San Francisco Unified employees are either sent home or assigned to tasks such as working in warehouses, doing inventory or answering phones, said Jolie Wineroth, the district's senior executive director for human resources.

    "I don't want to give anyone a free vacation," she said.

    Former union leaders say teachers in the Los Angeles district used to be assigned non-teaching jobs when they were housed. "They should not just sit there like zombies," said Hank Springer, United Teachers Los Angeles president from 1975 to 1980.

    cont'd: http://www.latimes.com/news/la-me-teachers6-2009may06,0,6604006.story?track=rss
  2. This is location specific. Look for it to become nationwide soon.

    Four years of rent-free living, kept well fed and warm...

    I actually feel sorry for these people.

    They are being anesthitized by their government.

    Government does nothing but kill aspirations, motivation and incentives.


    Cheryl Gerber / For The Times
    Behind Belinda Jenkins’ FEMA trailer is the gutted home where she lived before Katrina. She says applications for rebuilding money were held up by questions about the house’s title

    Post-Katrina trailer residents fearful as eviction day looms

    FEMA, having pushed back its deadline several times, says the last 4,600 dwellings must be cleared by May 30. But many occupants are poor, ill or elderly, with no place to go, housing advocates say.

    By Richard Fausset

    May 6, 2009

    Reporting from New Orleans -- Belinda Jenkins was picking up her diabetes medication Tuesday afternoon, and worrying about being away from the trailer she has lived in since Hurricane Katrina trashed her house.

    Jenkins, a disabled 53-year-old, is afraid the Federal Emergency Management Agency is scheming to take the flimsy box away. So she keeps a handwritten note taped to the door, asking officials to at least call her cellphone so she can come back and get her stuff.

    Belinda Jenkins, 53, says her family can’t afford the rents that have soared in New Orleans since the storm. The Federal Emergency Management Agency has threatened legal action against trailer residents who don’t leave by May 30.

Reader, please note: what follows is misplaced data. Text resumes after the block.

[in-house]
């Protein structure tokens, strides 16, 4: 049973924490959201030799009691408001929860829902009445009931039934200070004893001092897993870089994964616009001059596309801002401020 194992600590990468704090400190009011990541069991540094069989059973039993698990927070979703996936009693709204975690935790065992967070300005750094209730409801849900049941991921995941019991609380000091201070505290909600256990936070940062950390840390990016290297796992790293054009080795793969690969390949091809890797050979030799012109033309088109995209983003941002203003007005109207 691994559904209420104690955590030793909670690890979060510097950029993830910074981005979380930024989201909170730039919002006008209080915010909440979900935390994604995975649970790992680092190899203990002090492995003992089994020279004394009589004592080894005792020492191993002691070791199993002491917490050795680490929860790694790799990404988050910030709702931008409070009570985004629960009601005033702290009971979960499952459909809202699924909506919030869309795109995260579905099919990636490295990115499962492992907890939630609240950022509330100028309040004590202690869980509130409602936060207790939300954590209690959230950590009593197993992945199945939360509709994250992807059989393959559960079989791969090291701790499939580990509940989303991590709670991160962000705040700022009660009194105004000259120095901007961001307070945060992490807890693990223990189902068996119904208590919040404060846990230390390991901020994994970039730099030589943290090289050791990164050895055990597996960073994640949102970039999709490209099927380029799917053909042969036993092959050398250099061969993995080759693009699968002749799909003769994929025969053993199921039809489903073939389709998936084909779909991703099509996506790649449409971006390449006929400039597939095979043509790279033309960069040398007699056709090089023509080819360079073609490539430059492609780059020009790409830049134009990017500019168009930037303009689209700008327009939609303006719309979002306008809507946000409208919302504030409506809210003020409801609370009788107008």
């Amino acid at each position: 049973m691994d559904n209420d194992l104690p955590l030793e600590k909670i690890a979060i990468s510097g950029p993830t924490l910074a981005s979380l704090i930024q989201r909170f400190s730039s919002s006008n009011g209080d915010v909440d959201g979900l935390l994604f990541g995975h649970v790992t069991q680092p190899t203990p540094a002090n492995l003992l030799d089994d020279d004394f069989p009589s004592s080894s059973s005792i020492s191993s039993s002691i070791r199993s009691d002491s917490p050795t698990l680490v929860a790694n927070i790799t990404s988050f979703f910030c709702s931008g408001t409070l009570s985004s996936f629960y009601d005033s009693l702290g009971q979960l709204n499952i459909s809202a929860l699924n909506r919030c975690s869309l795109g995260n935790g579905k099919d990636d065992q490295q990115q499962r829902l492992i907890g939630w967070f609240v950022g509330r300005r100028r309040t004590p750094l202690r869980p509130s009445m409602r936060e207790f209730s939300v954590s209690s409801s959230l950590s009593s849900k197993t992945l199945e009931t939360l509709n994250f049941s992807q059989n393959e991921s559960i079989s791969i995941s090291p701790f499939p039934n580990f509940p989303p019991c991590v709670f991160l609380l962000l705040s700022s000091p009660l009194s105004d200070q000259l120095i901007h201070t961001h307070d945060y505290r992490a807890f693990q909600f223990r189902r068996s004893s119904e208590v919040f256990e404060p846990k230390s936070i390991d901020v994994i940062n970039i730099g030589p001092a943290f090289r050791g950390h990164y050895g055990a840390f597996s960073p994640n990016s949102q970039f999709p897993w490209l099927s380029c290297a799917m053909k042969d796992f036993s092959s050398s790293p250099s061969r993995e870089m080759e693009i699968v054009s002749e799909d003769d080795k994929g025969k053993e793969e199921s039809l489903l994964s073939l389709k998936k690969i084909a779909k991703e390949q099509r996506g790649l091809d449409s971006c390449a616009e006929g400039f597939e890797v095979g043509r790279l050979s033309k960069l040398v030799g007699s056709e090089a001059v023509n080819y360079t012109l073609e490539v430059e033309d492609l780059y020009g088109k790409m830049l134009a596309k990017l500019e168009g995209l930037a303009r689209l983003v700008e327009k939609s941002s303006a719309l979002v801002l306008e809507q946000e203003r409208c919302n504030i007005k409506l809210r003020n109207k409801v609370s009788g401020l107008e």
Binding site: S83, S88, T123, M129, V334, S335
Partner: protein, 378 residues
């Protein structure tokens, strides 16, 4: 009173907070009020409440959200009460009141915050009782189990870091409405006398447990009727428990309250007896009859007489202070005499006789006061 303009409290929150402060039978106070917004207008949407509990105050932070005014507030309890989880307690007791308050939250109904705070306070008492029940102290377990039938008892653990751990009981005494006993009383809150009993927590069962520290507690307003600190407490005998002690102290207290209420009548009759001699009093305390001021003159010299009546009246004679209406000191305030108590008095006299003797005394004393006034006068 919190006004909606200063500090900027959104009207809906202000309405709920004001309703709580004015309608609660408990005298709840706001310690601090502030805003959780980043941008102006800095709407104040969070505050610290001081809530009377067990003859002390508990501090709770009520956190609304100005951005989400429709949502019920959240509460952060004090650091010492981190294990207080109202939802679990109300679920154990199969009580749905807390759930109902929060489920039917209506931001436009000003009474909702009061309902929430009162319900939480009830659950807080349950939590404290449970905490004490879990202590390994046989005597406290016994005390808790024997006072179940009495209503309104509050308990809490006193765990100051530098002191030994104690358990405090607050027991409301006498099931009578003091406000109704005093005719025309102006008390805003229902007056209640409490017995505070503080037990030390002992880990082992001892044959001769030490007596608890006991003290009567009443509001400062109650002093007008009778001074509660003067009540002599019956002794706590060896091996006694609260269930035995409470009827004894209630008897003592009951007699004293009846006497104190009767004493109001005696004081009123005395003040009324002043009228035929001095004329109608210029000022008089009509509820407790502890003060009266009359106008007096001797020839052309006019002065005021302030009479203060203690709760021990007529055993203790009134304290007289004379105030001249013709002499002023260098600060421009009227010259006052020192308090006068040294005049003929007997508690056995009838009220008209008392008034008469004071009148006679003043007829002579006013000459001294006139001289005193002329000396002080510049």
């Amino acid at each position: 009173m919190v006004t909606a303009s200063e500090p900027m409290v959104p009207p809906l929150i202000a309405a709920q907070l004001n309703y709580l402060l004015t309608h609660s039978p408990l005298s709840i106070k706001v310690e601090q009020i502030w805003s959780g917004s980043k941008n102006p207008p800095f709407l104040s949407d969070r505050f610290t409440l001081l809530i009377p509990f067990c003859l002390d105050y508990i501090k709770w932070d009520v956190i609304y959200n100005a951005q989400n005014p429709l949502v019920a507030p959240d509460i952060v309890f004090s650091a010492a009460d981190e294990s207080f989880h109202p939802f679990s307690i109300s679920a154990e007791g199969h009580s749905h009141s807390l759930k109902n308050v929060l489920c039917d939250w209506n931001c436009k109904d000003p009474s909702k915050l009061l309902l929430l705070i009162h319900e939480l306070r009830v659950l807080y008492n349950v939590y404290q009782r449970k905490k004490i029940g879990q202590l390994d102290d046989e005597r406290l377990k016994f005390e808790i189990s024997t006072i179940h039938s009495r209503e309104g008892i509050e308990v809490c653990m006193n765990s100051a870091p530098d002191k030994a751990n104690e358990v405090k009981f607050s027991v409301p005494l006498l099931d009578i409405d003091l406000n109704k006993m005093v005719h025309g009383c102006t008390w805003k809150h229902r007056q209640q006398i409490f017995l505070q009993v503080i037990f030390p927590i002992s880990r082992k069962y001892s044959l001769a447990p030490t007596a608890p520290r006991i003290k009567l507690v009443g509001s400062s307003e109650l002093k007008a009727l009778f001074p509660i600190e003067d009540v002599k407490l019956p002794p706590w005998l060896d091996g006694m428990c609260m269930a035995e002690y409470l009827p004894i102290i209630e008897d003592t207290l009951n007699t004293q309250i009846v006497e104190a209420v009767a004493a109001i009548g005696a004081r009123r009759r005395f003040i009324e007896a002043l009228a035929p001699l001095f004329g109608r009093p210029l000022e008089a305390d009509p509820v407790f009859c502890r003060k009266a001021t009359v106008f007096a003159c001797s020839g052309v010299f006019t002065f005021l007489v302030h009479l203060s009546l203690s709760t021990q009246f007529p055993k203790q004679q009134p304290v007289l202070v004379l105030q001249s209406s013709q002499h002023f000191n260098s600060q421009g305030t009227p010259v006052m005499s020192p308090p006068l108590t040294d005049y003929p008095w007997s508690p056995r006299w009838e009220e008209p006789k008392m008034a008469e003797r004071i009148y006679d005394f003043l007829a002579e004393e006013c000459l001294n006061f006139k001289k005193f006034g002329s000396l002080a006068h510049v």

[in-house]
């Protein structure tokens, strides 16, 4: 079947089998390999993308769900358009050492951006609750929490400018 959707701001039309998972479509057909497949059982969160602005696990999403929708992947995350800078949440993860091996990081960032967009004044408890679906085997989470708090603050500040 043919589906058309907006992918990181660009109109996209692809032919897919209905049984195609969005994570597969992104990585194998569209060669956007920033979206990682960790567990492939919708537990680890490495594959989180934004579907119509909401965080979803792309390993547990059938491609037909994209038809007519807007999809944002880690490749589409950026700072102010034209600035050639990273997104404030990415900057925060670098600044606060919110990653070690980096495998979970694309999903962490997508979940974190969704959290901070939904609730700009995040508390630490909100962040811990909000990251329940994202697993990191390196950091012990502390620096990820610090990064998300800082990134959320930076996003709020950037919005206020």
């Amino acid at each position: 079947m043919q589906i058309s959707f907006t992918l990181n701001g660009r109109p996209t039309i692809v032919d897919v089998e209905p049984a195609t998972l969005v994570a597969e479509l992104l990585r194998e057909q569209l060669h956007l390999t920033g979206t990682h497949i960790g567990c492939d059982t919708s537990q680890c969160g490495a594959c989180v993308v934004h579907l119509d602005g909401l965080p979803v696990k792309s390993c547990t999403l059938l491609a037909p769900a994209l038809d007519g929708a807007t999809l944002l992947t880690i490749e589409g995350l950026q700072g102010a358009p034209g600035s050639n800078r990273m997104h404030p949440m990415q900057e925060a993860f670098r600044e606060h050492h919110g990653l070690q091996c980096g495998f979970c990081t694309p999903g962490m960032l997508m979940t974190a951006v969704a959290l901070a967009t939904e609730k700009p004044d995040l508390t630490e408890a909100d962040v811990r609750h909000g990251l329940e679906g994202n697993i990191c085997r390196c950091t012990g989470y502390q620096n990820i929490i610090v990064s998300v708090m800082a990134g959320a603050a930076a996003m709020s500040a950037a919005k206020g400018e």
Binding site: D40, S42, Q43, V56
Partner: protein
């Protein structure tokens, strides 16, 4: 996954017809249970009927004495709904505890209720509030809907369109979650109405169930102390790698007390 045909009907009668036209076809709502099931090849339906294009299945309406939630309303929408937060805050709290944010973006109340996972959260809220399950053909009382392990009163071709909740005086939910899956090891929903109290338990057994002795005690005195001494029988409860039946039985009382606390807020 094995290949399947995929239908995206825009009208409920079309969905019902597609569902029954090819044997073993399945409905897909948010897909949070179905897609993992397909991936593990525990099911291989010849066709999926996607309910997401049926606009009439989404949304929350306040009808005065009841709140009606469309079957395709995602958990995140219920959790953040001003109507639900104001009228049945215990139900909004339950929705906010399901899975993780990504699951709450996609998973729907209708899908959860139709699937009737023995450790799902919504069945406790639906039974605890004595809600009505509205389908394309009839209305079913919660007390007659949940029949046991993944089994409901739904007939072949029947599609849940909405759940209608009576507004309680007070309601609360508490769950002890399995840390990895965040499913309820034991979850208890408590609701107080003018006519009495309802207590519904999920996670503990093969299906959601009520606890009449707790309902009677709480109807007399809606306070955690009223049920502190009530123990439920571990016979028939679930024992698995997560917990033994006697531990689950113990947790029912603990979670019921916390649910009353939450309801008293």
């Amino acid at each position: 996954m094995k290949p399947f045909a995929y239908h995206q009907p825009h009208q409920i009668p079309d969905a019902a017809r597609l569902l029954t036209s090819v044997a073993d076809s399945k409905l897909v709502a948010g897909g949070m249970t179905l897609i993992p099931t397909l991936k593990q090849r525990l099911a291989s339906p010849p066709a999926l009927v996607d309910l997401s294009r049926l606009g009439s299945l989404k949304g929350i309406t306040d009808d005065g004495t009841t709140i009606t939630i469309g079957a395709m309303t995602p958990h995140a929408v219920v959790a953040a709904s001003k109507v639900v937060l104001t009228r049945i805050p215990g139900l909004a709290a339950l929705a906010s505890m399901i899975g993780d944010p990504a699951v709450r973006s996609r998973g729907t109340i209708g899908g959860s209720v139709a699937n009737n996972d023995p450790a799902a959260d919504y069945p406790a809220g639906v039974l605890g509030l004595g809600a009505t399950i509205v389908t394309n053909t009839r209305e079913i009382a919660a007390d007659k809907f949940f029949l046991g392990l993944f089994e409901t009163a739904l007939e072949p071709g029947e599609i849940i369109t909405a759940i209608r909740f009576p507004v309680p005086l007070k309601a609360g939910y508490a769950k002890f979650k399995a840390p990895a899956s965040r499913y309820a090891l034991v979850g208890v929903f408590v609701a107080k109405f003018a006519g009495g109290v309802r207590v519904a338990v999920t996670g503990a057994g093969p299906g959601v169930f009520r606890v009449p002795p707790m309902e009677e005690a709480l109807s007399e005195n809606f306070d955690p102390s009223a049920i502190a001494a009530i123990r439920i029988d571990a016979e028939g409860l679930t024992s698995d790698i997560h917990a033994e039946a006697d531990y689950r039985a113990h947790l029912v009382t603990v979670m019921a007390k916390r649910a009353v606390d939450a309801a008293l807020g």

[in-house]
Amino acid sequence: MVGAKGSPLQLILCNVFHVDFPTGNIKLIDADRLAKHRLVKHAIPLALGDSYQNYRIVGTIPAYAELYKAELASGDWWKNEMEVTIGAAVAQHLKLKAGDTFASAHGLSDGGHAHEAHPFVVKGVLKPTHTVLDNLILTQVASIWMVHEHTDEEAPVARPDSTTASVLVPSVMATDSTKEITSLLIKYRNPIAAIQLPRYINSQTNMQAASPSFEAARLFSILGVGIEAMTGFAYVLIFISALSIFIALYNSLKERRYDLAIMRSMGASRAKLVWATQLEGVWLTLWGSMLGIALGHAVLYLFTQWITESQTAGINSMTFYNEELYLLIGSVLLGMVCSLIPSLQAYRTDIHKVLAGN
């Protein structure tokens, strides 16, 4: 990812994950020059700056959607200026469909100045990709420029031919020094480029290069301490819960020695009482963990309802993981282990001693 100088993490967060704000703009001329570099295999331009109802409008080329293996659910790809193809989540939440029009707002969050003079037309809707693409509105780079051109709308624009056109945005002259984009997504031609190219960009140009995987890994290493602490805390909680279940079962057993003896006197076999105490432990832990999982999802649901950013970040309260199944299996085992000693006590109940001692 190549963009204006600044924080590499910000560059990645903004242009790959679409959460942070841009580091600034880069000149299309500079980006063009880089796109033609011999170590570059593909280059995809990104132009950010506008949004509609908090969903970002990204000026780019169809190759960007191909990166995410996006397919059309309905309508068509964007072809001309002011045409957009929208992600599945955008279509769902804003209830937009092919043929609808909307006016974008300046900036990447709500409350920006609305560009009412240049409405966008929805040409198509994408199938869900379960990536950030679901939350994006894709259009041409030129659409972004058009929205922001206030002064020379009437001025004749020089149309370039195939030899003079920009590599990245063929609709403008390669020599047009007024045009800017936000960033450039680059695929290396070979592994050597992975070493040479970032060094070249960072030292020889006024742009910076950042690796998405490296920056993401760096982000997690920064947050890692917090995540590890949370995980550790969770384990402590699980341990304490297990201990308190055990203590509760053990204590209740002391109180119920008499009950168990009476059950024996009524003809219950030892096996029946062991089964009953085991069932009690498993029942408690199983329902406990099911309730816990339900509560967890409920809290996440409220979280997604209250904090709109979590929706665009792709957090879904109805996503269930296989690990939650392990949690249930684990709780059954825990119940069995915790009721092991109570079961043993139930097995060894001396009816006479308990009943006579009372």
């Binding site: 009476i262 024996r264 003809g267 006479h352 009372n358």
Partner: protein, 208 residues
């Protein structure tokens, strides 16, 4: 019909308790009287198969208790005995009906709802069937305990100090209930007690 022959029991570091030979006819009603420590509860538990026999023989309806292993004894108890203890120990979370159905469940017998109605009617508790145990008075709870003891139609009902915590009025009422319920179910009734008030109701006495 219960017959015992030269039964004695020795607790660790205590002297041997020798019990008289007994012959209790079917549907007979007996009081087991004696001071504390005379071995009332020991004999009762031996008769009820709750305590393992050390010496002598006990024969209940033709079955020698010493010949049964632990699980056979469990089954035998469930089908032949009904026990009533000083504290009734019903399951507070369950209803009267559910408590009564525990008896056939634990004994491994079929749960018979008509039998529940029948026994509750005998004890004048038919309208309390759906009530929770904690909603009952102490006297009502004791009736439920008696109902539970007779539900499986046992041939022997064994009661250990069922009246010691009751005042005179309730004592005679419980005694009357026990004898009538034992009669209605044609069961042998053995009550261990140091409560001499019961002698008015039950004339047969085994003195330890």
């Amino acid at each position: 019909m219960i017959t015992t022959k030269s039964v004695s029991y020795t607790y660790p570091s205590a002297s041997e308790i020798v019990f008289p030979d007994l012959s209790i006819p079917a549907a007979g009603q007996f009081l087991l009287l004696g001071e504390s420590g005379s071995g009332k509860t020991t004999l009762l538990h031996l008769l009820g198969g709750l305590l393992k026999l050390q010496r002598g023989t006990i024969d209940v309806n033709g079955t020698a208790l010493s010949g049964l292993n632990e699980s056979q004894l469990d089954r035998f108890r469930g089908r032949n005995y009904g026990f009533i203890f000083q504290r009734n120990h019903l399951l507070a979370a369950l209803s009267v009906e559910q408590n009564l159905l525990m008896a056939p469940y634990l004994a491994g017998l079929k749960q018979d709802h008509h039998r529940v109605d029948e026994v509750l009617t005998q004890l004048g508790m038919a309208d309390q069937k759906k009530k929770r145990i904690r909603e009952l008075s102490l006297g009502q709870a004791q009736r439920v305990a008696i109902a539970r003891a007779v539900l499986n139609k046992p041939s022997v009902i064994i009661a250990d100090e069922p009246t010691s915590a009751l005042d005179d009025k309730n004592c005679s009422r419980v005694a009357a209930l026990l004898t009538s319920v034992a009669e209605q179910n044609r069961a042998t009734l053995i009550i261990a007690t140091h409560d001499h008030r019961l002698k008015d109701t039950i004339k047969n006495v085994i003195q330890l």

(Cheryl Gerber / For The Times)
    May 5, 2009

    "Thank you," the note reads. "Have a bless day."

    FEMA may not be so sneaky about it, but it definitely has designs on the trailer. About 44 months after the storm, the agency is now ready to shut down the most expensive -- and flawed -- emergency housing program in its history.

    Federal officials, who have postponed the trailer deadline numerous times, say they have finally arrived at May 30 as the firm date for emptying the 4,600 remaining FEMA trailers in Louisiana and Mississippi.

    Jenkins and others recently received a letter from the agency stating that the trailer program technically ended May 1. The letter threatened legal action against residents if they are not out by the end of the month.

    Even now, however, the program is proving difficult to end. Housing advocates say that many of those who remain in the trailers are among the Gulf Coast's most vulnerable residents -- the poor, the ill and the elderly. And they are worried the residents have few other options on a crippled post-storm landscape.

    Last week, the co-chairs of the Louisiana Advocacy Coalition for the Homeless wrote to acting FEMA Administrator Nancy Ward, imploring her to extend the deadline to keep the residents from being thrown out on the streets.

    Jenkins said she and her longtime boyfriend, a construction worker, can't afford the rents that have soared in New Orleans since the storm. Inside the stripped and gutted house behind her FEMA trailer, she pointed out a bed frame that her boyfriend recently brought in. She said he's been talking about sleeping there.